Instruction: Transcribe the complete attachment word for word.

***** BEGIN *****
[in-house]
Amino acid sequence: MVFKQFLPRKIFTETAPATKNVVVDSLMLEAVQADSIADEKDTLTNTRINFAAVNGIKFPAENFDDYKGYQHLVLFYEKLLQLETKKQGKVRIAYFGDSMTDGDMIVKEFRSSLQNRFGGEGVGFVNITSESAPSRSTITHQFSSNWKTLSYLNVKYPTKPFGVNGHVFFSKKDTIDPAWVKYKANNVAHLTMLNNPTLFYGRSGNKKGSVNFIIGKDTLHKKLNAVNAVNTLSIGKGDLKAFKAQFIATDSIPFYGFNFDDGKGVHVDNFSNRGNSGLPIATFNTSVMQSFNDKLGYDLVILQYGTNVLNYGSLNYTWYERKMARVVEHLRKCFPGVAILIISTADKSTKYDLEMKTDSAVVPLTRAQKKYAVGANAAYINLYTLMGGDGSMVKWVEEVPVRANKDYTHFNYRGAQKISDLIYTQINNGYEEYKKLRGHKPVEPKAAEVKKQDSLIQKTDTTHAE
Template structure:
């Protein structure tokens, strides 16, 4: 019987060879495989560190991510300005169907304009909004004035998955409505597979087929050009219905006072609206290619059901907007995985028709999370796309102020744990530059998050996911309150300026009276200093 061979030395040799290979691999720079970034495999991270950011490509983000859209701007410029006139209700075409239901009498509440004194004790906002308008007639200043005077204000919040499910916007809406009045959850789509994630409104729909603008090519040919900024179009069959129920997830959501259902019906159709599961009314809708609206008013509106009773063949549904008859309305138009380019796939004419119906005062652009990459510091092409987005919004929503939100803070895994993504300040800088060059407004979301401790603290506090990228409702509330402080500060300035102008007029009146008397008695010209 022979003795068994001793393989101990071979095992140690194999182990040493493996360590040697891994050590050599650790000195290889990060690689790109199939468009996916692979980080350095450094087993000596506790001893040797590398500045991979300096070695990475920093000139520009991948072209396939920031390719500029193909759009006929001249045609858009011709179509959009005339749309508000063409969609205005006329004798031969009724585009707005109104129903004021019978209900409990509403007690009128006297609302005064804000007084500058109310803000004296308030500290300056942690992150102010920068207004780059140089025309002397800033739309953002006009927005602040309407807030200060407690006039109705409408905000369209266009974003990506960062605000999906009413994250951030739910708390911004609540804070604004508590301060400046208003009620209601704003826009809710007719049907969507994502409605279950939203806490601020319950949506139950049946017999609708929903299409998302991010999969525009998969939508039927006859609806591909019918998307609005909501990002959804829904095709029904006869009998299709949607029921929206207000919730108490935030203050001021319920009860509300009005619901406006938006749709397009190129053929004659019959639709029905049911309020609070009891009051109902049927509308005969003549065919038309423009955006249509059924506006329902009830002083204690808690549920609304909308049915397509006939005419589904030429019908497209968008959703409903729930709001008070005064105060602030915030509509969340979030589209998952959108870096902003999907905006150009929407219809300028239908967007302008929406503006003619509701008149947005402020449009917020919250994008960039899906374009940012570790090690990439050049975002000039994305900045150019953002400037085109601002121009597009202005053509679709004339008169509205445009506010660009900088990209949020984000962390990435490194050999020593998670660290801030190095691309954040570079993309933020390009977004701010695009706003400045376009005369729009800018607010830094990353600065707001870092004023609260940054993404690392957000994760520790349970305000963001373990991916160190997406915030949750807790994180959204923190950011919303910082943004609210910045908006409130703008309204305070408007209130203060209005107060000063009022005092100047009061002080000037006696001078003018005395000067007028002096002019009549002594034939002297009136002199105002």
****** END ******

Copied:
[in-house]
Amino acid sequence: MVFKQFLPRKIFTETAPATKNVVVDSLMLEAVQADSIADEKDTLTNTRINFAAVNGIKFPAENFDDYKGYQHLVLFYEKLLQLETKKQGKVRIAYFGDSMTDGDMIVKEFRSSLQNRFGGEGVGFVNITSESAPSRSTITHQFSSNWKTLSYLNVKYPTKPFGVNGHVFFSKKDTIDPAWVKYKANNVAHLTMLNNPTLFYGRSGNKKGSVNFIIGKDTLHKKLNAVNAVNTLSIGKGDLKAFKAQFIATDSIPFYGFNFDDGKGVHVDNFSNRGNSGLPIATFNTSVMQSFNDKLGYDLVILQYGTNVLNYGSLNYTWYERKMARVVEHLRKCFPGVAILIISTADKSTKYDLEMKTDSAVVPLTRAQKKYAVGANAAYINLYTLMGGDGSMVKWVEEVPVRANKDYTHFNYRGAQKISDLIYTQINNGYEEYKKLRGHKPVEPKAAEVKKQDSLIQKTDTTHAE
Template structure:
């Protein structure tokens, strides 16, 4: 019987060879495989560190991510300005169907304009909004004035998955409505597979087929050009219905006072609206290619059901907007995985028709999370796309102020744990530059998050996911309150300026009276200093 061979030395040799290979691999720079970034495999991270950011490509983000859209701007410029006139209700075409239901009498509440004194004790906002308008007639200043005077204000919040499910916007809406009045959850789509994630409104729909603008090519040919900024179009069959129920997830959501259902019906159709599961009314809708609206008013509106009773063949549904008859309305138009380019796939004419119906005062652009990459510091092409987005919004929503939100803070895994993504300040800088060059407004979301401790603290506090990228409702509330402080500060300035102008007029009146008397008695010209 022979003795068994001793393989101990071979095992140690194999182990040493493996360590040697891994050590050599650790000195290889990060690689790109199939468009996916692979980080350095450094087993000596506790001893040797590398500045991979300096070695990475920093000139520009991948072209396939920031390719500029193909759009006929001249045609858009011709179509959009005339749309508000063409969609205005006329004798031969009724585009707005109104129903004021019978209900409990509403007690009128006297609302005064804000007084500058109310803000004296308030500290300056942690992150102010920068207004780059140089025309002397800033739309953002006009927005602040309407807030200060407690006039109705409408905000369209266009974003990506960062605000999906009413994250951030739910708390911004609540804070604004508590301060400046208003009620209601704003826009809710007719049907969507994502409605279950939203806490601020319950949506139950049946017999609708929903299409998302991010999969525009998969939508039927006859609806591909019918998307609005909501990002959804829904095709029904006869009998299709949607029921929206207000919730108490935030203050001021319920009860509300009005619901406006938006749709397009190129053929004659019959639709029905049911309020609070009891009051109902049927509308005969003549065919038309423009955006249509059924506006329902009830002083204690808690549920609304909308049915397509006939005419589904030429019908497209968008959703409903729930709001008070005064105060602030915030509509969340979030589209998952959108870096902003999907905006150009929407219809300028239908967007302008929406503006003619509701008149947005402020449009917020919250994008960039899906374009940012570790090690990439050049975002000039994305900045150019953002400037085109601002121009597009202005053509679709004339008169509205445009506010660009900088990209949020984000962390990435490194050999020593998670660290801030190095691309954040570079993309933020390009977004701010695009706003400045376009005369729009800018607010830094990353600065707001870092004023609260940054993404690392957000994760520790349970305000963001373990991916160190997406915030949750807790994180959204923190950011919303910082943004609210910045908006409130703008309204305070408007209130203060209005107060000063009022005092100047009061002080000037006696001078003018005395000067007028002096002019009549002594034939002297009136002199105002």